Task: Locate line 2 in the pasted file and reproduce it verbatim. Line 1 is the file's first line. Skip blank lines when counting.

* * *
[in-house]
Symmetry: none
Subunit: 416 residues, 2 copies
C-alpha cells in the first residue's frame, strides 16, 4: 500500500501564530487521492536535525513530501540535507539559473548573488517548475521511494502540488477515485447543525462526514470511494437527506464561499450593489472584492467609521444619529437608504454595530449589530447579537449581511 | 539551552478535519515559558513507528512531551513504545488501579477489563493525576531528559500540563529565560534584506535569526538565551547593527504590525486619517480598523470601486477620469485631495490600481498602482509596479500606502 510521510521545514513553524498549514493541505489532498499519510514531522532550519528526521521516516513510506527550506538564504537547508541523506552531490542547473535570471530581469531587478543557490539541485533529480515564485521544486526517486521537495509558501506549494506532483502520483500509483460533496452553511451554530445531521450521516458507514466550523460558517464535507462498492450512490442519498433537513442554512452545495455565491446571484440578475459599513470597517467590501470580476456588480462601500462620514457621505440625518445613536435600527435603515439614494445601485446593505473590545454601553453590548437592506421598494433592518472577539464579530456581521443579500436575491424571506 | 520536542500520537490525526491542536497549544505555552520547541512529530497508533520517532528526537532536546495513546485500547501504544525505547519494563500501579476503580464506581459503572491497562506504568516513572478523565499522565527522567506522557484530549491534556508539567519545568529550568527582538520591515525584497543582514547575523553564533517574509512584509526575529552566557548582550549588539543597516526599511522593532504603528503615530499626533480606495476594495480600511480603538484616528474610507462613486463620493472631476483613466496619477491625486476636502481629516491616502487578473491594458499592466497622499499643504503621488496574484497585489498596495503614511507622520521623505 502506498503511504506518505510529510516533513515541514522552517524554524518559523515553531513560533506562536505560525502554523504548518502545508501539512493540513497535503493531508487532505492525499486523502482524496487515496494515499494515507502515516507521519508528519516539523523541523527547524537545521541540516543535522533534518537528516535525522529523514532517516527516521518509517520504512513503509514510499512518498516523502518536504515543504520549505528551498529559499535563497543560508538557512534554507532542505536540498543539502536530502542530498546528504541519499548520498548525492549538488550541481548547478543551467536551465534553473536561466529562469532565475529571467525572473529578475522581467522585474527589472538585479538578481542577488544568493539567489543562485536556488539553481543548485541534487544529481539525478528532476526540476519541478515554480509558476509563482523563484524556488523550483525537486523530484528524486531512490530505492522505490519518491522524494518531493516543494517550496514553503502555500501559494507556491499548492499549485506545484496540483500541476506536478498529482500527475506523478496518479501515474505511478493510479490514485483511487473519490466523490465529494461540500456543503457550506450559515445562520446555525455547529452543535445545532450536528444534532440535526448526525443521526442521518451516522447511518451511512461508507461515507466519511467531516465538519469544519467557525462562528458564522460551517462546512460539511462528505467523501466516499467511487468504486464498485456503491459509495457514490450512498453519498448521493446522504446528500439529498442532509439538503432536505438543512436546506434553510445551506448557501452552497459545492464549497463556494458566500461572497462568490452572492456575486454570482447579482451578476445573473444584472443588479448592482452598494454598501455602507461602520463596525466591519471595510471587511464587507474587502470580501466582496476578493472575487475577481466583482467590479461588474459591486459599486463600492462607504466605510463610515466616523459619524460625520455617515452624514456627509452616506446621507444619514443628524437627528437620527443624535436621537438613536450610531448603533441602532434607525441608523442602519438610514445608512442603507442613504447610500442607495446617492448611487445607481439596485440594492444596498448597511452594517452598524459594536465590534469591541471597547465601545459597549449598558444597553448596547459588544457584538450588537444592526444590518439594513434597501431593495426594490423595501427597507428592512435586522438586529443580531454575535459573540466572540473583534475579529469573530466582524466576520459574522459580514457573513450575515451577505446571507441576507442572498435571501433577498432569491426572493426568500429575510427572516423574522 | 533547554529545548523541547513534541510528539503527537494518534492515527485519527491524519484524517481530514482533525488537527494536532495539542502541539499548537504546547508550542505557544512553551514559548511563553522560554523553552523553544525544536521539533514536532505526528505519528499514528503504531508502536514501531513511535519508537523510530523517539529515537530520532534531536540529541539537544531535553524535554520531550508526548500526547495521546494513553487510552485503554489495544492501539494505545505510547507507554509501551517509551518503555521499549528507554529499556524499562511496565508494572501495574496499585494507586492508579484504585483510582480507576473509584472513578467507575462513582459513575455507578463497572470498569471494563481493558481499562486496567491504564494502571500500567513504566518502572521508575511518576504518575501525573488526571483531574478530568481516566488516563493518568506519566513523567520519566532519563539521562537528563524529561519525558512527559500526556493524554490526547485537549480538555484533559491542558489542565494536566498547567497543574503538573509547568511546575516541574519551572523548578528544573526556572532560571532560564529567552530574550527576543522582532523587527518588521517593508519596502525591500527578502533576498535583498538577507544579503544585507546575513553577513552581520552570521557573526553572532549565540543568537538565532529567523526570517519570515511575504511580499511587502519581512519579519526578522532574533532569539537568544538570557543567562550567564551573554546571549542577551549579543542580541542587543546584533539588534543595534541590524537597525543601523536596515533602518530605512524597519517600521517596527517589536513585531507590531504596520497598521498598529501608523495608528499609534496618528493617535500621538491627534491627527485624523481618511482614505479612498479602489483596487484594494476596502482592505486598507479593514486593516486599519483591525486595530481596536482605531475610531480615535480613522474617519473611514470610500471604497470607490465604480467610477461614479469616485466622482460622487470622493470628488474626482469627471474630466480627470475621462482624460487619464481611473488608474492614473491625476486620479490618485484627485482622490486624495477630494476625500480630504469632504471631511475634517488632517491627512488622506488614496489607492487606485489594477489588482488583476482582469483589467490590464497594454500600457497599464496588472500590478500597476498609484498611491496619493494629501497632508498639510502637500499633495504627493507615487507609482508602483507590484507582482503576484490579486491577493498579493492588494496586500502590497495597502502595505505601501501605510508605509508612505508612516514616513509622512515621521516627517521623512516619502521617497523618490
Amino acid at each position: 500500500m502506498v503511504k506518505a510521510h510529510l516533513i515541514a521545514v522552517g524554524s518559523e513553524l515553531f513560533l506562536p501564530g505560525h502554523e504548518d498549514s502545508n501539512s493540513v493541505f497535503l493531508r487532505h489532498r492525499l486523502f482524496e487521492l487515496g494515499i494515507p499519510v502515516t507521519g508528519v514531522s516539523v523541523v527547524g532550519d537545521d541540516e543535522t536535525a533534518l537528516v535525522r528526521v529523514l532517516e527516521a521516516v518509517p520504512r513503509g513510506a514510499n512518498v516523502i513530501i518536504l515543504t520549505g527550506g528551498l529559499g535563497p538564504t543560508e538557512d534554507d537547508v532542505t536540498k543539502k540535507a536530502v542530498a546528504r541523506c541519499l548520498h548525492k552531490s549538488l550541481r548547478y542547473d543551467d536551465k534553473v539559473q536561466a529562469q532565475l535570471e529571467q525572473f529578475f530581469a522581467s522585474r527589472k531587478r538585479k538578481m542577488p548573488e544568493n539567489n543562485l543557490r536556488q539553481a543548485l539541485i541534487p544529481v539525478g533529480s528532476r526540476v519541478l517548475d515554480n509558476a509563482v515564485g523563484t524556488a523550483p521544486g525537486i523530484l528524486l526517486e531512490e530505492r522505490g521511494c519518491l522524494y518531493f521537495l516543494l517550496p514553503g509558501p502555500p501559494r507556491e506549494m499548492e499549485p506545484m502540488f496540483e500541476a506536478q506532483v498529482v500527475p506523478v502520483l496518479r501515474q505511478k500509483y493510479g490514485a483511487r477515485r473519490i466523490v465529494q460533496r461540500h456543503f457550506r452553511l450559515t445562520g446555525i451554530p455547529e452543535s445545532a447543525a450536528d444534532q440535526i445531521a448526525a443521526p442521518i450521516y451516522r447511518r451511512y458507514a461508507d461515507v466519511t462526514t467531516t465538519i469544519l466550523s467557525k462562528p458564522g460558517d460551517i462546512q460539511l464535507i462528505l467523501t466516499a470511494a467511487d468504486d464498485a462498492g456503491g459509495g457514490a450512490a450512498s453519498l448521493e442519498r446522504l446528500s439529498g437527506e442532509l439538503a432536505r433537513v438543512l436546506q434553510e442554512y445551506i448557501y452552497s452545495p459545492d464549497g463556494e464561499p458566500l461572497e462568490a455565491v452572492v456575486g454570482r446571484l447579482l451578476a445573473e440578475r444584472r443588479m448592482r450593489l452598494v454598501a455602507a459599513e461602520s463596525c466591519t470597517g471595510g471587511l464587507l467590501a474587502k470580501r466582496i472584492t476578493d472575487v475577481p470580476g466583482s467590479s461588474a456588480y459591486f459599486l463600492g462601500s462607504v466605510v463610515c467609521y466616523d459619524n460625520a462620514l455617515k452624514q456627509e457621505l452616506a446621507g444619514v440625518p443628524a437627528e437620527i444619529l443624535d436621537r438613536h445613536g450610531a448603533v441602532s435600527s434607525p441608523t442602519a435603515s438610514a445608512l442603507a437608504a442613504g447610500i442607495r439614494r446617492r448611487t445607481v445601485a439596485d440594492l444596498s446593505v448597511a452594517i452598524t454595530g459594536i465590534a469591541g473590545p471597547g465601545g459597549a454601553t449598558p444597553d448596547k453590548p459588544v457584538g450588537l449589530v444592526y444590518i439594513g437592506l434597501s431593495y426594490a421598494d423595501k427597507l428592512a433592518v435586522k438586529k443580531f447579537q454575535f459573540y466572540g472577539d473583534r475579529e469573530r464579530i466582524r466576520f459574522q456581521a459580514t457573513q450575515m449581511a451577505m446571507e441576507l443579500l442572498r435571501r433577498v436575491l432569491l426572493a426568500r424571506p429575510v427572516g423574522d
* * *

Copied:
Symmetry: none